NASA's new mission to the sun may reveal clues about alien worlds, too.
Every day, we rely on the sun for warmth and light, but we need Earth's atmosphere to protect us from our star's harsh conditions — and because in the end our sun is just another star, the same could be true of life on other worlds, planetary scientists told Space.com.
That means studying our sun up close could teach us about planets in distant solar systems as well. And a NASA mission may soon begin to do just that: This fall, the Parker Solar Probe, which launched in August, will start investigating how our star works. Exoplanet scientists are watching the mission to see what data it might offer them about exotic worlds. [Launch Photos! NASA's Parker Solar Probe Blasts Off to the Sun]
"We can learn so much from our sun and particularly for other sun-like stars," Evgenya Shkolnik, an astrophysicist and planetary scientist at Arizona State University, told Space.com. In particular, she wants a better sense of the high-energy particles and photons, or particles of light, stars produce. "It's critically important to understand all these things for exoplanet hosts, for sure," she said.
We know about the dangers of those particles and photons from our own experiences here on Earth, where the planet's atmosphere buffers us from the worst side effects of living near the sun: Only with extreme sunbathing do we absorb enough ultraviolet radiation to damage the DNA inside our cells enough to potentially kill us with cancer, and only during the most extreme solar outbursts, called coronal mass ejections, do its highly charged particles overwhelm Earth's magnetic field and thus interfere with our technology.
If an exoplanet is less fortunate in its natural protections or in its star's temperament, those high-energy particles and photons could be the deciding factors in an exoplanet's habitability, said Ravi Kopparapu, a planetary scientist at NASA. Even if a planet develops an atmosphere, if it's bombarded by too many stellar particles, that barrage can destroy the atmosphere. "They can strip away the atmosphere and then make the planet uninhabitable," Kopparapu told Space.com.
But both types of high-energy outflow are incredibly difficult to study at a distance — hence the appeal of piggybacking on the Parker Solar Probe.
The spacecraft's path through the sun's broiling outer atmosphere will allow it to get within 4 million miles (6 million kilometers) from what we consider the sun's surface — about the same distance many exoplanets are from their stars, Shkolnik said. In fact, in her lectures about these planets, she edits images of the solar eclipse and planet depictions to convey the incredible environment around these planets.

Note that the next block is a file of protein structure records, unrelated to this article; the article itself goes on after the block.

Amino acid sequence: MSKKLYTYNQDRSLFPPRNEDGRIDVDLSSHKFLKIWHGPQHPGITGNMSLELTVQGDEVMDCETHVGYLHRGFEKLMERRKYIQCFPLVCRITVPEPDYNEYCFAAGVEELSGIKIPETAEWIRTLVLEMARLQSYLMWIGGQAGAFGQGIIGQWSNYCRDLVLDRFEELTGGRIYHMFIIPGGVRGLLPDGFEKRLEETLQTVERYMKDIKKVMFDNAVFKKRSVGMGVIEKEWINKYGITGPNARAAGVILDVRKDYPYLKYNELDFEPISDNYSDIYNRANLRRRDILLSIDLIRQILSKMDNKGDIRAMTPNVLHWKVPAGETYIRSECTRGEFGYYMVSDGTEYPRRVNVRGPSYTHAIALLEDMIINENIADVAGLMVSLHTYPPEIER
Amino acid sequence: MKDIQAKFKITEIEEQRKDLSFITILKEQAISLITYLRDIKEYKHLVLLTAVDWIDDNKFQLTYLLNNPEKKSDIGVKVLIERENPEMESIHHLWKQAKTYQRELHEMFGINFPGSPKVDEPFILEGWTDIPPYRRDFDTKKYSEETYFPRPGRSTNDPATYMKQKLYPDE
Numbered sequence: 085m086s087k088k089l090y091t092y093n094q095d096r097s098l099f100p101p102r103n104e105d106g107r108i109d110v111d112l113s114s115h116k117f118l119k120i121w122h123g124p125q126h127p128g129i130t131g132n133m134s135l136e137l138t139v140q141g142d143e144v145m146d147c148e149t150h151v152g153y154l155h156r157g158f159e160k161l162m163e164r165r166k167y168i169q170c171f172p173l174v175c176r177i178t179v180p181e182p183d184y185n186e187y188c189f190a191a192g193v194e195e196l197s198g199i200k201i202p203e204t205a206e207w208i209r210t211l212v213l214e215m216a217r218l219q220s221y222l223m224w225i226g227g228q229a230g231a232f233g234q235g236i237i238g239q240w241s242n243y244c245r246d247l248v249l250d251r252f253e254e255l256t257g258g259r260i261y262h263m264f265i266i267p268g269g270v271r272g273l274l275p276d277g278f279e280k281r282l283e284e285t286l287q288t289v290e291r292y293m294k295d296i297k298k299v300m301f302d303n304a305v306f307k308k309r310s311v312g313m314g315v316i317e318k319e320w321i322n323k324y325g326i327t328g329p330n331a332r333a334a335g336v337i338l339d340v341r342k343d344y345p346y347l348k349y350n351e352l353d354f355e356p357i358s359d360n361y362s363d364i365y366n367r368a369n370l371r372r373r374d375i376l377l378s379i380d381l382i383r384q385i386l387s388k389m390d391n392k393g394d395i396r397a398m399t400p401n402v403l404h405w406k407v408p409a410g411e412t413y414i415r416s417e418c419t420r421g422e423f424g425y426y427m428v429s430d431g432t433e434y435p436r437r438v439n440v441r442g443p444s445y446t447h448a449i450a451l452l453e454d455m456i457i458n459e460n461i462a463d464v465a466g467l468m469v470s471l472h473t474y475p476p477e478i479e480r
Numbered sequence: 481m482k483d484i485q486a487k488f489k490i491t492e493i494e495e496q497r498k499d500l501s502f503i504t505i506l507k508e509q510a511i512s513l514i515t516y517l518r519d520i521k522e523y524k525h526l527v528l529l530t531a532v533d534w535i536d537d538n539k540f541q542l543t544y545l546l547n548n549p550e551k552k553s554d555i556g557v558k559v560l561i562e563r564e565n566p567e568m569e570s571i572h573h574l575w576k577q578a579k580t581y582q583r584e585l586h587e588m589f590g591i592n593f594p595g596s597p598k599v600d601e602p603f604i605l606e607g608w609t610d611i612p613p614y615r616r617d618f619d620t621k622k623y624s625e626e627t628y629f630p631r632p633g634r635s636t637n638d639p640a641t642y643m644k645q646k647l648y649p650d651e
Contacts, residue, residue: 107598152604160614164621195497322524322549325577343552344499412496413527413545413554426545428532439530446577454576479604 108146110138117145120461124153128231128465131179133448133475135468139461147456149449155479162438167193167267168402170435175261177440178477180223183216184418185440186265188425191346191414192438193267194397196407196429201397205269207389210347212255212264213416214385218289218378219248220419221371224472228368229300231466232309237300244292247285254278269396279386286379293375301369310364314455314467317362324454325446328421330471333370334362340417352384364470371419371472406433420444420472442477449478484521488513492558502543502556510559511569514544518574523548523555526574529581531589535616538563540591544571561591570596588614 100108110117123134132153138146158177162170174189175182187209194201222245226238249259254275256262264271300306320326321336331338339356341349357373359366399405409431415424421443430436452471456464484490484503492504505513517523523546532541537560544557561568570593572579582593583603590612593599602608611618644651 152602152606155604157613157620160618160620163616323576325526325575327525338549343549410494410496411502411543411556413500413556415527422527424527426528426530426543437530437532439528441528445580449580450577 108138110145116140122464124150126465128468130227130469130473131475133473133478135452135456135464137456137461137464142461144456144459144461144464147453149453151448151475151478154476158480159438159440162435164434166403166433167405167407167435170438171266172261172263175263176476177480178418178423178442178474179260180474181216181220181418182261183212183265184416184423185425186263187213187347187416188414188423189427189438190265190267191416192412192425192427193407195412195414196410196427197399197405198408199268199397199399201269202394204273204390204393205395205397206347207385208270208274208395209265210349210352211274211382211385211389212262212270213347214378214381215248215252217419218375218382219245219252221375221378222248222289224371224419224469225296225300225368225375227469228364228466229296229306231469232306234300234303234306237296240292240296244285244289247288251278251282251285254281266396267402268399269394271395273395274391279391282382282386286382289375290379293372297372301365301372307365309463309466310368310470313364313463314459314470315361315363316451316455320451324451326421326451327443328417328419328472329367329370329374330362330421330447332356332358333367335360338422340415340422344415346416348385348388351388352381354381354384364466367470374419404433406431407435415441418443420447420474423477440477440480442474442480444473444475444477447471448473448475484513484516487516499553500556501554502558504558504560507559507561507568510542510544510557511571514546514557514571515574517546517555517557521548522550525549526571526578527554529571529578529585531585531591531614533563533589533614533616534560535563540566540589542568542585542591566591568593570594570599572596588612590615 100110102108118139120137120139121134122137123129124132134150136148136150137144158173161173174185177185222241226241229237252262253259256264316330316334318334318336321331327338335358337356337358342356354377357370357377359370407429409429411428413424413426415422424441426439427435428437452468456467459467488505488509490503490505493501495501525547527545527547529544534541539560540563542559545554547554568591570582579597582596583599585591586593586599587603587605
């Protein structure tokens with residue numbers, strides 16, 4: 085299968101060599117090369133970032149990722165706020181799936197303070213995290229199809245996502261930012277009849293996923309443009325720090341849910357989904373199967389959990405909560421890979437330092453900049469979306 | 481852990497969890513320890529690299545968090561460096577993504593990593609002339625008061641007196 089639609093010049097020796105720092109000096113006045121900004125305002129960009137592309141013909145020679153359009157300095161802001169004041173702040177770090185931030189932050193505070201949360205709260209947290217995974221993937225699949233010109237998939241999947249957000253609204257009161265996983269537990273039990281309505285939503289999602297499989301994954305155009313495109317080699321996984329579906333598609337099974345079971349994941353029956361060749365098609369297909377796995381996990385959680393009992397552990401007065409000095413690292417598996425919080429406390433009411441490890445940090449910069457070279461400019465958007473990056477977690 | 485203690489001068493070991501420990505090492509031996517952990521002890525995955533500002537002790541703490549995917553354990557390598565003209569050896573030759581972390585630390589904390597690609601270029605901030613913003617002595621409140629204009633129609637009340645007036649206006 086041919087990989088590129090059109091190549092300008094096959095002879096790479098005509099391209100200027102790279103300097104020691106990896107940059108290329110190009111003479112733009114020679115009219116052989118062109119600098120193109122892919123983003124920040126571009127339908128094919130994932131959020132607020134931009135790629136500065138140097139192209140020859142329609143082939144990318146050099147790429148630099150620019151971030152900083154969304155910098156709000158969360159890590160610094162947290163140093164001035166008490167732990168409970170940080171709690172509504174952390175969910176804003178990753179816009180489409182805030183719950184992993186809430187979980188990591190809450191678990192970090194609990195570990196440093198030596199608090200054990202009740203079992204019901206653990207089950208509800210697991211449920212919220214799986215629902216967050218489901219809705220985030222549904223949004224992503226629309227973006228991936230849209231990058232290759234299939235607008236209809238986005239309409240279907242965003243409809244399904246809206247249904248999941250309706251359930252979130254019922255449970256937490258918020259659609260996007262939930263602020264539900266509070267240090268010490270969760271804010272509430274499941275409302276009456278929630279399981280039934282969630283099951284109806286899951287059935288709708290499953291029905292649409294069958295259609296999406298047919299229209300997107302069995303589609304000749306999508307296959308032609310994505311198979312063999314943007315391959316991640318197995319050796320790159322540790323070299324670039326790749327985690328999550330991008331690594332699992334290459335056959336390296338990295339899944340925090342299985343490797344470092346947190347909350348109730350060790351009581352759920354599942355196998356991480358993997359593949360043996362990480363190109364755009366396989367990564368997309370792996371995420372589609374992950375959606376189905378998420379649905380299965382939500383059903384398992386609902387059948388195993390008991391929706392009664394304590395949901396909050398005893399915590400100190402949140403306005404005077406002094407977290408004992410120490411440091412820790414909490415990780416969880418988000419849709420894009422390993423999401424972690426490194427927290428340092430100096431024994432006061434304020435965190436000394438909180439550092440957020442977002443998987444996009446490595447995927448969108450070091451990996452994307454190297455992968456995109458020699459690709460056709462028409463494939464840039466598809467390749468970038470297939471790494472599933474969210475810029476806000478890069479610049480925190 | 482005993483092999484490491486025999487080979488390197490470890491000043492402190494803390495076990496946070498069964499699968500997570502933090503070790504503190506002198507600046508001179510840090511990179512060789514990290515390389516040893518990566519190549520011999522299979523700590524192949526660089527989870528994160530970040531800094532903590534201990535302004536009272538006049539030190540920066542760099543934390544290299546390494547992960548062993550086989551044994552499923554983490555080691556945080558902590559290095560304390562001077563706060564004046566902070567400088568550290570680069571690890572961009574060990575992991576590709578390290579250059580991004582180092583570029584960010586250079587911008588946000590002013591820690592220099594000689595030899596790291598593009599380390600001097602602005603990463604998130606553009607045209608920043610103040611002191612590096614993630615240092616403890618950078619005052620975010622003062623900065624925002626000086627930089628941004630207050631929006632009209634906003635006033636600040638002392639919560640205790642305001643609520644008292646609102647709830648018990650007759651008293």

"I show the corona and put fake exoplanets in there because it is amazing to think that these planets are actually streaming through their suns' coronae," Shkolnik said. Many of those planets are what scientists have dubbed "hot Jupiters" and are uninhabitably gaseous themselves — but that might not be the end of the story.
"There is talk of whether or not moons around these hot Jupiters [orbiting small, faint stars] could be habitable," Shkolnik said. (Scientists haven't discovered any such moons yet, but they're still honing their ability to spot planets, which are much larger.) "That's not a crazy thought, because we think that the moons of Jupiter and Saturn might be places to look for life in our solar system," Shkolnik said.
So Shkolnik is watching for the data Earth's solar probe will beam home beginning later this year, in hopes of using it to isolate information about habitability near at least other sun-like stars. "I won't know how hard or easy that analysis will be until I see the data," she said. [The 7 Earth-Sized Planets of TRAPPIST-1 in Pictures]
And high-energy radiation like ultraviolet light doesn't just potentially destroy ill-shielded life; it can also trick scientists into thinking someplace is more lively than it really is. That's because ultraviolet radiation can break down water and create oxygen, one of the key molecules scientists look for as a potential signature of life. Extrapolating data from the Parker Solar Probe may stop scientists from being fooled by these fake biosignatures, Kopparapu said.
Perhaps most valuable will be any understanding the spacecraft can give us of how the sun's dynamics are shaped by its magnetic field, which seems to guide much of what happens in and around a star.
"Somehow, it's all related to the sun's magnetic field," Shkolnik said. "Even if we don't have the details, we know that much."